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Fibromyalgia: HELP
Articles from Merseyside
Based on 8 articles published since 2009
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These are the 8 published articles about Fibromyalgia that originated from Merseyside during 2009-2019.
 
+ Citations + Abstracts
1 Review Concomitant fibromyalgia complicating chronic inflammatory arthritis: a systematic review and meta-analysis. 2018

Duffield, Stephen J / Miller, Natasha / Zhao, Sizheng / Goodson, Nicola J. ·Department of Musculoskeletal Biology 1, Institute of Ageing and Chronic Disease, University of Liverpool, Liverpool, UK. · Clinical Sciences Centre, University Hospital Aintree, Liverpool, UK. · School of Medicine, University of Liverpool, Liverpool, UK. ·Rheumatology (Oxford) · Pubmed #29788461.

ABSTRACT: Objectives: This systematic review and meta-analysis will describe the prevalence of concomitant FM in adults with inflammatory arthritis and quantify the impact of FM on DAS. Methods: Cochrane library, MEDLINE, Psychinfo, PubMed, Scopus and Web of Science were searched using key terms and predefined exclusion criteria. As appropriate, proportional and pairwise meta-analysis methods were used to pool results. Results: Forty articles were identified. In RA the prevalence of FM ranged from 4.9 to 52.4% (21% pooled). In axSpA the range was 4.11-25.2% (13% pooled in AS only). In PsA the range was 9.6-27.2% (18% pooled). The presence of concomitant FM was related to higher DAS in patients with RA and AS (DAS28 mean difference 1.24, 95% CI: 1.10, 1.37 in RA; BASDAI mean difference 2.22, 95% CI: 1.86, 2.58 in AS). Concomitant FM was also associated with higher DAS in existing PsA studies. Self-reported, rather than objective, components of DAS appear to be raised in the presence of FM (e.g. tender joint count and Visual Analogue Scale (VAS) pain scores). Conclusion: FM is common in RA, AxSpA and PsA. Comorbid FM appears to amplify DAS and could therefore influence management of these rheumatic conditions.

2 Review Immunoglobulin responsive chronic pain. 2010

Goebel, Andreas. ·Pain Research Institute, 3rd Floor, Clinical Sciences Centre, Liverpool University, Liverpool, UK. andreasgoebel@rocketmail.com ·J Clin Immunol · Pubmed #20424897.

ABSTRACT: INTRODUCTION: Over the last 15 years, clinical and experimental data have emerged that suggest that peripheral and central, glial-mediated neuroimmune activation is both necessary and sufficient to sustain chronic pain. Immune modulation appears to be, therefore, a possible new therapeutic option. MATERIALS AND METHODS: The Medline database and international trial registry databases were searched using the keywords "intravenous immunoglobulin" or "IVIG," "pain" or "chronic pain," "neuropathic pain," "CRPS," "complex regional pain syndrome" or "fibromyalgia." RESULTS: Evidence from RCTs suggest that IVIG is effective to reduce pain in complex regional pain syndrome (low-dose IVIG) and post-polio syndrome (high-dose IVIG), and open trials have suggested efficacy in additional pain conditions. CONCLUSION: IVIG therapy may emerge as a novel treatment modality for refractory cases. However, before this drug can be confidently used by clinicians, important questions need to be answered concerning optimal treatment doses, duration of treatment, and its effect on function and quality of life.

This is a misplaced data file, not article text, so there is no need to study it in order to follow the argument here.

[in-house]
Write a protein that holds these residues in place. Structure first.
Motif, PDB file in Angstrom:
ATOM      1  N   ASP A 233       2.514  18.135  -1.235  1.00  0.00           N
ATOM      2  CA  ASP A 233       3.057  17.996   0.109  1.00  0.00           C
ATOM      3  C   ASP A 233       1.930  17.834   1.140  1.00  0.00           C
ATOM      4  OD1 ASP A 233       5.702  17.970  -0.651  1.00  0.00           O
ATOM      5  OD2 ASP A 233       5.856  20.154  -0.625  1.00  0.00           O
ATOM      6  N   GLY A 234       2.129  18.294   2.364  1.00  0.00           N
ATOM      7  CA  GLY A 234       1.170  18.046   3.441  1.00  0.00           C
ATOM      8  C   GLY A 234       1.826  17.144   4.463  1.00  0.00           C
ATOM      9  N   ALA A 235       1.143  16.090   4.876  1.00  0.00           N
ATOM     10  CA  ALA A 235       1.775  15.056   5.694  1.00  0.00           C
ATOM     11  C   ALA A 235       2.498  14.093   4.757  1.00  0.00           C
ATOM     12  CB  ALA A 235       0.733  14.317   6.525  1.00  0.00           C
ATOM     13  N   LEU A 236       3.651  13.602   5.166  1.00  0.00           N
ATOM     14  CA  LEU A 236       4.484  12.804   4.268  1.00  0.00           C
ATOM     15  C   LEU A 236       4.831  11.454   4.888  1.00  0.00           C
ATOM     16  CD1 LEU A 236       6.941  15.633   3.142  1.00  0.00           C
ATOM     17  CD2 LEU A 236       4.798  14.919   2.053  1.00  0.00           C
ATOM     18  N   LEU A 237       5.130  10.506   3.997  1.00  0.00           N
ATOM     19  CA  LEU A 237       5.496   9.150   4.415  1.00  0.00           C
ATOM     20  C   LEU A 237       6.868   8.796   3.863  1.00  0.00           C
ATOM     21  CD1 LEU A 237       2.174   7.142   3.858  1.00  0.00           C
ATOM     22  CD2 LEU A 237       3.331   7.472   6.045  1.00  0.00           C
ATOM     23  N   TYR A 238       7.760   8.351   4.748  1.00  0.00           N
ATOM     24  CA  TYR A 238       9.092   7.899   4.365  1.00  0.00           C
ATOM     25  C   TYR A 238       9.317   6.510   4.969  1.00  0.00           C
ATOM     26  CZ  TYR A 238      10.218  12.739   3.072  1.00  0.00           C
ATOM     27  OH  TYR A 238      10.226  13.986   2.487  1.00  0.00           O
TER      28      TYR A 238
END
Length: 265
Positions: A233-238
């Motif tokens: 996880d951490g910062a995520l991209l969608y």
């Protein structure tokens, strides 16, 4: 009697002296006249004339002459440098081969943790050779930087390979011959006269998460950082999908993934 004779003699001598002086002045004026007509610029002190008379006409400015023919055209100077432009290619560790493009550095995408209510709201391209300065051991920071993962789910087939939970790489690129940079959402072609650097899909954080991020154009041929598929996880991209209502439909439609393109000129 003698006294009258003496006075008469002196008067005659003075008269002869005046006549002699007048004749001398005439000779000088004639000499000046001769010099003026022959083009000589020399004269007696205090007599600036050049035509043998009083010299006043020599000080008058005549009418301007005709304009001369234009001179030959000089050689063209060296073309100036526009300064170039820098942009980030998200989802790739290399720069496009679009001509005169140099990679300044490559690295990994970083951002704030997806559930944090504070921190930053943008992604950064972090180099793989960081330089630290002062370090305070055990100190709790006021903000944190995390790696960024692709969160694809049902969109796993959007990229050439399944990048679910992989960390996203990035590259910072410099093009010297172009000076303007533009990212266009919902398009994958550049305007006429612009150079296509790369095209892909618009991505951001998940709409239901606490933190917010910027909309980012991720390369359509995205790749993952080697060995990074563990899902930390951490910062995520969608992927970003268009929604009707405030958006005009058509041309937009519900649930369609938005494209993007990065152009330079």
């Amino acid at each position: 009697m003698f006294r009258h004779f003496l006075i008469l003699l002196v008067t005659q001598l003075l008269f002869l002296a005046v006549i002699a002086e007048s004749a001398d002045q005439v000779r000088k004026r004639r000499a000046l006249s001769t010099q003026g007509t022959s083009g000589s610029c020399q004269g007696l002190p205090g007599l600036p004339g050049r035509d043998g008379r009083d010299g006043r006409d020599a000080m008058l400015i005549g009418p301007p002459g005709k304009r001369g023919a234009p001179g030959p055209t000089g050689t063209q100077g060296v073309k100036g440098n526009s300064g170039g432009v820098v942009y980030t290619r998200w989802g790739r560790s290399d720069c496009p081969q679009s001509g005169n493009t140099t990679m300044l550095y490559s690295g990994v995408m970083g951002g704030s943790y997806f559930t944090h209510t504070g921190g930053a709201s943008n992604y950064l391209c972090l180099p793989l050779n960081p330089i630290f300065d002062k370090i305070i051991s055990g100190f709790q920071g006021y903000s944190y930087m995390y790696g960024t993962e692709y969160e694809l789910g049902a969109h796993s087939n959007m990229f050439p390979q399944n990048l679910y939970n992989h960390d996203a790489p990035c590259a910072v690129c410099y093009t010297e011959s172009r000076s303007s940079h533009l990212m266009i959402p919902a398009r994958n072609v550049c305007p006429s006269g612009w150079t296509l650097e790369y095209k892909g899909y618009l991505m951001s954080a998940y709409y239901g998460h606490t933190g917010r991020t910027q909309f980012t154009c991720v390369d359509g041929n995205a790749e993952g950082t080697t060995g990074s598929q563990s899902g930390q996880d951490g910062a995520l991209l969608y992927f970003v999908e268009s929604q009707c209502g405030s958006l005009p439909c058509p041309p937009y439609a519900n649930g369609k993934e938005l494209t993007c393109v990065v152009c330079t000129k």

3 Article A systematic review and meta-analysis of the prevalence of small fiber pathology in fibromyalgia: Implications for a new paradigm in fibromyalgia etiopathogenesis. 2019

Grayston, Rebecca / Czanner, Gabriela / Elhadd, Kareim / Goebel, Andreas / Frank, Bernhard / Üçeyler, Nurcan / Malik, Rayaz A / Alam, Uazman. ·Department of Eye & Vision Sciences, Institute of Ageing and Chronic Disease, University of Liverpool and Aintree University Hospital NHS Foundation Trust, Liverpool, UK. · Department of Eye & Vision Sciences, Institute of Ageing and Chronic Disease, University of Liverpool and Aintree University Hospital NHS Foundation Trust, Liverpool, UK; Department of Biostatistics, University of Liverpool, Liverpool, UK. · The Walton Centre NHS Foundation Trust, Liverpool, UK. · The Pain Research Institute, University of Liverpool and The Walton Centre NHS Foundation Trust, Liverpool, UK. · Department of Neurology, University of Würzburg, Würzburg, Germany. · Weill Cornell Medicine-Qatar, Doha, Qatar. · Department of Eye & Vision Sciences, Institute of Ageing and Chronic Disease, University of Liverpool and Aintree University Hospital NHS Foundation Trust, Liverpool, UK; Diabetes & Endocrinology Research & Pain Research Institute, Department of Eye & Vision Sciences, Institute of Ageing and Chronic Disease, University of Liverpool and Aintree University Hospital NHS Foundation Trust, Liverpool, UK; Department of Diabetes and Endocrinology, Royal Liverpool and Broadgreen University NHS Hospital Trust, Liverpool, UK; Division of Endocrinology, Diabetes and Gastroenterology, University of Manchester, Manchester, UK. Electronic address: uazman.alam@liverpool.ac.uk. ·Semin Arthritis Rheum · Pubmed #30314675.